CFP – Informal Housing Practices
This Special Issue call for papers aims to canvas the dimensions of informal housing, particularly as it manifests in cities and regions of the global north, where the veneer of ‘formal’ (planned, regulated, authorised) urban development and housing markets (home purchase or rental contracts) render informal housing practices largely invisible. Within these contexts, informal housing typically means accommodation that contravenes existing planning, building, or tenancy rules, or offers residents few protections within these rules. Examples include unauthorised or illegally constructed dwellings, as well as informal rental agreements, including share housing and room rentals. As highlighted by recent work in the US (Durst and Wegmann, 2017), informal production can represent a significant, but unacknowledged, contribution to new housing supply.
Although significant risks arise from substandard accommodation, the informal housing sector also includes potentially beneficial responses to housing need, beyond prevailing models of private or public housing provision. Traditional examples include squatting and cooperative housing, while emerging approaches may include deliberative and self-organised residential developments or the precarious practice of ‘property guardianship’. Some jurisdictions have amended urban planning rules to legitimise or encourage flexible and informal housing typologies such as secondary dwellings or micro apartments, as a form of affordable rental supply, although the outcomes of these efforts, particularly for low income occupants, remain unclear.
Despite a burgeoning interest in urban informality more widely (AlSayyad and Roy, 2003; Devlin, 2018; Harris, 2018), and growing recognition that modes of informality exist across both the global north and south (Roy, 2005), research on the processes and markets of informal housing production and tenure remains limited. Yet global economic change, welfare reform, and consequent unmet demand for low cost housing, mean that dependence on informal, unauthorised, and substandard forms of housing will only grow. Informal housing therefore is a research and practice priority.
Papers in the special issue may include theoretical or empirical contributions which shed light on these issues. We anticipate papers which:
- scope and define the nature and scale of informal housing in particular cities or regions
- examine relationships between informal dwelling production and urban policy, planning or regulatory frameworks
- problematise the nature of the formal/informal binary when rules are amended to legitimise informality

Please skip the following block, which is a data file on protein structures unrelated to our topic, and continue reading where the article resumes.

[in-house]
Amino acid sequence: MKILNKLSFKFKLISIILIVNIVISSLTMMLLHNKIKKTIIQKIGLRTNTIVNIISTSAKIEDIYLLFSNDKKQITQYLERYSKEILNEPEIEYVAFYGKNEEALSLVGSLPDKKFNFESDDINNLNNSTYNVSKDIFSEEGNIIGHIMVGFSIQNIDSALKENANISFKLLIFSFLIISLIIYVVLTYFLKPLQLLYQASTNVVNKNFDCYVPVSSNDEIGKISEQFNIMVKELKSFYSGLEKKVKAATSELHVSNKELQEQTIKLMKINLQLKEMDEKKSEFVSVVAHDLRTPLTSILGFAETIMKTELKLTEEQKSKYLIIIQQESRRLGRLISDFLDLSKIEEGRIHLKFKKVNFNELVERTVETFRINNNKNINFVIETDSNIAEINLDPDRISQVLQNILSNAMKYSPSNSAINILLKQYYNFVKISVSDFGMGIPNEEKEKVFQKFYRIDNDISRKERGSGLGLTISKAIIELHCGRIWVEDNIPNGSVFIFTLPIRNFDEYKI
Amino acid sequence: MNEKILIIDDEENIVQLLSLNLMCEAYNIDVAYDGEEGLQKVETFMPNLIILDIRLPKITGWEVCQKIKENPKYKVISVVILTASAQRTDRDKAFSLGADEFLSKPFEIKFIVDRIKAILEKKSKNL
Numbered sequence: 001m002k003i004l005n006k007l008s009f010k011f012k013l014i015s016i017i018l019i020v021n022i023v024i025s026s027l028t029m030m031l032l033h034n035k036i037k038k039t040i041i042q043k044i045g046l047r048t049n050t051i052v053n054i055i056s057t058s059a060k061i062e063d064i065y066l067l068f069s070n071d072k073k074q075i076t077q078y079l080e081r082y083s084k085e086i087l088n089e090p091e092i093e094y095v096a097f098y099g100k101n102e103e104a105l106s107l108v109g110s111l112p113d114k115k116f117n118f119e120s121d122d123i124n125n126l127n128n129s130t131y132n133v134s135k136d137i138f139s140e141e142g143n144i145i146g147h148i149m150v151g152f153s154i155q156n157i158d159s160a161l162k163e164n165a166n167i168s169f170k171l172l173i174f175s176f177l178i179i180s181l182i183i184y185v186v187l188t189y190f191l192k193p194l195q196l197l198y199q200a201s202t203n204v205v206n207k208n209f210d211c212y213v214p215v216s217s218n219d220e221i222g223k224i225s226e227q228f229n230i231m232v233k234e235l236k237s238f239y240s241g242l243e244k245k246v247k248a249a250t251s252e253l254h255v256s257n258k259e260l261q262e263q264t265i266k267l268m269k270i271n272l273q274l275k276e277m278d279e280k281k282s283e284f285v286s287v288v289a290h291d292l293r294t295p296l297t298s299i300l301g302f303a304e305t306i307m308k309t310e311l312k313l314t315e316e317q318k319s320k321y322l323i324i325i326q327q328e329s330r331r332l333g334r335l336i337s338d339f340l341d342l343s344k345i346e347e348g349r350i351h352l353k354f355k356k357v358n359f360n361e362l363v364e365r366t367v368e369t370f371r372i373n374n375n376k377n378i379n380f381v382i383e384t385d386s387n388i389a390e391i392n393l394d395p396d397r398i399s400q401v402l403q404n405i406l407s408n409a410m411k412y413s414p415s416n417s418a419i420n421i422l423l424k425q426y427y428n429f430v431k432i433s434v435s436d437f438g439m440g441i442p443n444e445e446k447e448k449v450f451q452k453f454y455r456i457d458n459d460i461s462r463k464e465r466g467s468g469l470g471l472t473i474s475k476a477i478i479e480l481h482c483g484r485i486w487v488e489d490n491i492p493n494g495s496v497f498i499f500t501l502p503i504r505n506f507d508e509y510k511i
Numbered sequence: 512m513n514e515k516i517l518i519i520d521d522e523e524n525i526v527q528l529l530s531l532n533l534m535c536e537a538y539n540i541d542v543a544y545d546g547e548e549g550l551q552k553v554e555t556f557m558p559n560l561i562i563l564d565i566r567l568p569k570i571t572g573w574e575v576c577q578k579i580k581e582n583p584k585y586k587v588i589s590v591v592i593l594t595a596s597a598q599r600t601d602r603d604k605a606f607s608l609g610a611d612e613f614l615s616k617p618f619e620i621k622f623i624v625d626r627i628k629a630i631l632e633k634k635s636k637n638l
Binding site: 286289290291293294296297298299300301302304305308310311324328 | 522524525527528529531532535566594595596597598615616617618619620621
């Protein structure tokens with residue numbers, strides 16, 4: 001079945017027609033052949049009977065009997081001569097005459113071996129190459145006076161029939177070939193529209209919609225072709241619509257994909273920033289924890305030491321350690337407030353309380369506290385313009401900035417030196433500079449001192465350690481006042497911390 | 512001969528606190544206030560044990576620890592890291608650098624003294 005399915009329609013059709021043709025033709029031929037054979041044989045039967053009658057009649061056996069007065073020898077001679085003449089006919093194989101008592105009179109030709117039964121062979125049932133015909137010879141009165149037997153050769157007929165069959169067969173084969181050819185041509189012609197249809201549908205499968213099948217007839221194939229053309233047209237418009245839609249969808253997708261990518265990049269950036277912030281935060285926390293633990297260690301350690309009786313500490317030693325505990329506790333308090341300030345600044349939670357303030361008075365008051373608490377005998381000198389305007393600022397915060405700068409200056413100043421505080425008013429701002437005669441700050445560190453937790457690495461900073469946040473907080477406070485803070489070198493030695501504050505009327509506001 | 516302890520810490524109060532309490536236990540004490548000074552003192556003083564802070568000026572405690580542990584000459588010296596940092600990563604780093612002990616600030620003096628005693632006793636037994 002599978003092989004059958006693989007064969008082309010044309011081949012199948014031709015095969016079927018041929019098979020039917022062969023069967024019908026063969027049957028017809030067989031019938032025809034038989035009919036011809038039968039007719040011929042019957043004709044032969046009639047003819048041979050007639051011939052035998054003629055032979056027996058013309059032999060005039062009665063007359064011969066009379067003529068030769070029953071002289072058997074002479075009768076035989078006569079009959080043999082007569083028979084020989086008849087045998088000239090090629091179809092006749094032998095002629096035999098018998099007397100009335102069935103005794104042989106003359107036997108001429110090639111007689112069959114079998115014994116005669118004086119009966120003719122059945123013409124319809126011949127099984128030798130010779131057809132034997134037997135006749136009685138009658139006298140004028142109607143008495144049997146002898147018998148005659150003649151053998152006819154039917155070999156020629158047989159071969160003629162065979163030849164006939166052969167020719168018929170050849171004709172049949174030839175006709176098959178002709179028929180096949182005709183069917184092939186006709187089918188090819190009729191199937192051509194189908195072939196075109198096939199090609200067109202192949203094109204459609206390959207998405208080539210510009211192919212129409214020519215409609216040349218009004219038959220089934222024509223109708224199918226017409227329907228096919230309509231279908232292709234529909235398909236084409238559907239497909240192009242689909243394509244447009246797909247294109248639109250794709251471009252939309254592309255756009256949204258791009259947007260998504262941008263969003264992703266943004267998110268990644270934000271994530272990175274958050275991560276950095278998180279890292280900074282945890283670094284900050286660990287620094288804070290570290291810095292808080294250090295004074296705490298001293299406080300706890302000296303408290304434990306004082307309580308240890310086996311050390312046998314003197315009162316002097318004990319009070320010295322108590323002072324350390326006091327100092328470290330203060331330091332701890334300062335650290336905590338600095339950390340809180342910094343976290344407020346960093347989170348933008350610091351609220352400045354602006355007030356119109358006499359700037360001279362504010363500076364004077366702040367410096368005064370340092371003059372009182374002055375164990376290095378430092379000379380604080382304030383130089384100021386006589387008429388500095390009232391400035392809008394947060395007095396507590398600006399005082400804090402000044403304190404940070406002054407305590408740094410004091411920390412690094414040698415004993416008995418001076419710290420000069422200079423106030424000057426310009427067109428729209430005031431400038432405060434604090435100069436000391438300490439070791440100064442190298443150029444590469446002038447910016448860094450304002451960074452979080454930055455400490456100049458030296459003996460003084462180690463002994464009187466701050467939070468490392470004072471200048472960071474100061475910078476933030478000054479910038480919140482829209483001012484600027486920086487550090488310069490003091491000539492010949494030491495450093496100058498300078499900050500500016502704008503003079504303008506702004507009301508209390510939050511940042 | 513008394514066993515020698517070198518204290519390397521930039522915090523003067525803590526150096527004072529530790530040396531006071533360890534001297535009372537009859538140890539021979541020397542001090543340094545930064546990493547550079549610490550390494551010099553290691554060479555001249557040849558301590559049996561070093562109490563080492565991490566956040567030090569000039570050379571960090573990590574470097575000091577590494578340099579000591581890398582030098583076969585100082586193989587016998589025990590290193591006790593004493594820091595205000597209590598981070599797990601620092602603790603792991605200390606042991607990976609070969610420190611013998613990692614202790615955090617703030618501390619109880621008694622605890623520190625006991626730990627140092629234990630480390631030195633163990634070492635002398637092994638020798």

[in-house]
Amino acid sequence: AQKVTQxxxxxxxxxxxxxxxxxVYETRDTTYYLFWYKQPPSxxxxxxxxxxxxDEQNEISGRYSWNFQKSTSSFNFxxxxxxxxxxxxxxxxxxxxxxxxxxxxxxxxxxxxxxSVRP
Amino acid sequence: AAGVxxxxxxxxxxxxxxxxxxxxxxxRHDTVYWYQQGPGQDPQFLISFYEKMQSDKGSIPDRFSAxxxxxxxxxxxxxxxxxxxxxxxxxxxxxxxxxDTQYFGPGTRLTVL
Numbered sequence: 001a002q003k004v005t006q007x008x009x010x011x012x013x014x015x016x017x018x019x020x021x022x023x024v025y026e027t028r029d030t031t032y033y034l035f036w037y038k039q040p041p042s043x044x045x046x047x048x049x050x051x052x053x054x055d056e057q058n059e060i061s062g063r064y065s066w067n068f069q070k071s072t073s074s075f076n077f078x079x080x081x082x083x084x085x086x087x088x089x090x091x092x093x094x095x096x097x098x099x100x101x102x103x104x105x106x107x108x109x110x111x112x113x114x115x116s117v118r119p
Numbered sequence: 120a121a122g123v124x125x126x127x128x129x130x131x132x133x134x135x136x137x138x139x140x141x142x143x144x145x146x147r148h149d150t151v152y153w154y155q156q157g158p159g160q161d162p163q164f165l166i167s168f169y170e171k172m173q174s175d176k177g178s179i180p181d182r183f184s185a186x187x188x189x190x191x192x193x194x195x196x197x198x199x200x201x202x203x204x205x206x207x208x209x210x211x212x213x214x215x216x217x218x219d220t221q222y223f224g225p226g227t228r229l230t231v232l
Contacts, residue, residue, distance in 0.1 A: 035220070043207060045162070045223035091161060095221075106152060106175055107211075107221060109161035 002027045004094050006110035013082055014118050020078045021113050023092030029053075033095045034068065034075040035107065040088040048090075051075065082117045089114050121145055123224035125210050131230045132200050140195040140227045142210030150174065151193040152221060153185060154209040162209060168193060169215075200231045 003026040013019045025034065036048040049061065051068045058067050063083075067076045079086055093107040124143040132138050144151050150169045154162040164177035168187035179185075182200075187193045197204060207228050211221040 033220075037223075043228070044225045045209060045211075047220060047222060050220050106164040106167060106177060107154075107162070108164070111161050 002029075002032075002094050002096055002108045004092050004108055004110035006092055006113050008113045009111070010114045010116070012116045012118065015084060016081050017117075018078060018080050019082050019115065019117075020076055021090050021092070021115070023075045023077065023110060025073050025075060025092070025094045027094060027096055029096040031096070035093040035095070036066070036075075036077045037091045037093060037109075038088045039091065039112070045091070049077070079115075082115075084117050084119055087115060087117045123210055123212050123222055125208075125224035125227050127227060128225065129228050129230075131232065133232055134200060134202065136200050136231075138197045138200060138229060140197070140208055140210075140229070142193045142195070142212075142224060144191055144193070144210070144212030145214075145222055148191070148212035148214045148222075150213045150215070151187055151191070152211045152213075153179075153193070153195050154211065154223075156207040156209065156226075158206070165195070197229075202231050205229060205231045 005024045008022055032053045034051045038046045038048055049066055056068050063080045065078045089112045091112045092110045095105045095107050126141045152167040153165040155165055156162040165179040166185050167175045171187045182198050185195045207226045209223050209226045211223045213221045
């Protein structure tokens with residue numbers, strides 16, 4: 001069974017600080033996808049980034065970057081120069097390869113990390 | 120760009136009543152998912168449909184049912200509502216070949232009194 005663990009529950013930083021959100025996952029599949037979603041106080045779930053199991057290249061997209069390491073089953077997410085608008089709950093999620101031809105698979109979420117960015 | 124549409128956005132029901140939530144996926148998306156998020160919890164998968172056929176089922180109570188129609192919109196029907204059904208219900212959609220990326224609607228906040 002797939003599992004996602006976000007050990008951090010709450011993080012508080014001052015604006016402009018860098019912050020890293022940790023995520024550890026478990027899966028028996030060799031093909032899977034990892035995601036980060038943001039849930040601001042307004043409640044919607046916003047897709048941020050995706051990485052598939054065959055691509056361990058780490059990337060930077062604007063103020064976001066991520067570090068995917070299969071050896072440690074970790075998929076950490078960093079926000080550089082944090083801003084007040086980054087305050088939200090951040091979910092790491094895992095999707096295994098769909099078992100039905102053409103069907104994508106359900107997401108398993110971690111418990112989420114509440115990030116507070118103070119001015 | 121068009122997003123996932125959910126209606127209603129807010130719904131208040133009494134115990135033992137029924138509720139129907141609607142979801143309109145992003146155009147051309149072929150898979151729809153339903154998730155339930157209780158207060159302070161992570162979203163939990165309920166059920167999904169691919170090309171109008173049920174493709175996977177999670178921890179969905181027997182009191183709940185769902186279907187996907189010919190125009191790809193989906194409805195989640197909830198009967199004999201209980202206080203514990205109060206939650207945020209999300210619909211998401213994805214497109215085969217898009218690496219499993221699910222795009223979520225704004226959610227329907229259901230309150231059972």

- explore benefits/risks associated with specific types of informal housing, and the groups most likely to experience these benefits / risks
- investigate social and cultural practices associated with informal housing provision/ occupation
- offer theoretical or methodological insights for researching the informal housing sector
Finally we welcome papers which consider the political dimensions of informal housing production and regulation, or theoretical insights as to the relationships between informal housing and wider processes of globalisation and neoliberalism as they affect cities and urban policy making.
Papers may draw on data for a particular city or use a comparative case study approach, but findings should be generalisable so as to inform housing research and policy more widely.
Proposals should include an abstract (up to 450 words) covering the specific issues and research questions addressed, data sources, methodological approach, limitations, and key findings. Proposals should also include up to 5 key words, short author bios, and contact details.
Final papers will undergo double blind peer review before being accepted for publication in International Journal of Housing Policy.
Instructions for potential contributors:
If you would like to contribute to this special issue, please provide a 450 word abstract and short bio to firstname.lastname@example.org by 29 March 2019.
Full papers will be due on 30 August 2019.
Contact details for Special Issue Editors:
AlSayyad, N., & Roy, A. (2003). Urban informality: Transnational perspectives from the middle East, Latin America, and South Asia: Lexington Books.
Devlin, R. T. (2018). “Asking ‘Third World questions’ of First World informality: Using Southern theory to parse needs from desires in an analysis of informal urbanism of the global North.” Planning Theory 17(4): 568-587.
Durst, N. J., & Wegmann, J. (2017). Informal Housing in the United States. International Journal of Urban and Regional Research, 41(2), pp. 282-297.
Harris, R. (2018). “Modes of Informal Urban Development:A Global Phenomenon.” Journal of Planning Literature 33(3): 267-286
Roy, A. (2005). Urban informality – Toward an epistemology of planning. Journal of the American Planning Association, 71(2), pp. 147-158.